Home Insulation: Are There Any 'Green' Options?

If you're thinking about insulating your home, you might wonder if any 'green' options are available. When it comes to insulation, there are a few different materials that are considered to be eco-friendly. Here's what you need to know.

What Are Some 'Green' Home Insulation Options?

There are many types of 'green' insulation options, each with a different purpose.

Batt Insulation

When people picture home insulation, they most likely picture batt insulation, which are the rolls of pink or yellow fiberglass insulation you see in many homes. Unfortunately, while this type of insulation is affordable and effective, it can also be harmful to the environment. There are, however, batt insulation options that are eco-friendly, including:

  • Denim. Denim insulation is made from recycled blue jeans and other denim fabric scraps. It's a great choice for eco-conscious homeowners because it uses recycled materials that would otherwise end up in a landfill. Levi-Strauss led the way with this technology, including using denim insulation equal to 25,500 pairs of jeans for their headquarters. 
  • Mineral wool. This insulation is another great eco-friendly choice available in batts. Contrary to its name, it is not created from sheep's wool but rather from spun rock, iron, and mineral particles. Mineral wool is a natural material that is both renewable, biodegradable, non-toxic, and fire-resistant. There are two types of mineral wool: rock wool and slag wool. Rock wool is made from basalt or other volcanic materials, while slag wool is made from iron and steel manufacturing by-products.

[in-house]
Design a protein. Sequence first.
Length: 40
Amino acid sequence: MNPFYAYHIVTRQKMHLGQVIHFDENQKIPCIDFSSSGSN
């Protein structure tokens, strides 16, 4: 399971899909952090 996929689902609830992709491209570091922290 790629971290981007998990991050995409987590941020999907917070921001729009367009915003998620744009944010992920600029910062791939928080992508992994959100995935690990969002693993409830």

Another popular form of insulation is loose-fill, which is the insulation that is sprayed into a home post-construction to boost R-value in a home's walls or attic space. It is, as the name implies, a loose product. Most loose-fill is cellulose, which is made from recycled newspaper and other paper products. It's non-toxic, affordable, and 'green.'


While batt and loose-fill home insulation go inside your walls, rigid insulation goes outside. Rigid insulation is typically made from polystyrene, polyurethane, or polyisocyanurate boards. There is, however, an eco-friendly option made from cork. Cork is the bark of an evergreen oak tree that is both recyclable and renewable. The Cork Institute states that "a cork tree regenerates its outer layer 12 or 13 times during its 150-year lifetime," about once every ten years. 

Many different types of eco-friendly home insulation are available on the market today, and more options are frequently added to the list. Denim, newspaper, and wool are all great choices for those who want to insulate their homes in a way that is good for the environment. Each type of insulation has its own unique benefits, so be sure to do some research to find the best option for your needs.

For more information about home insulation, contact a local company.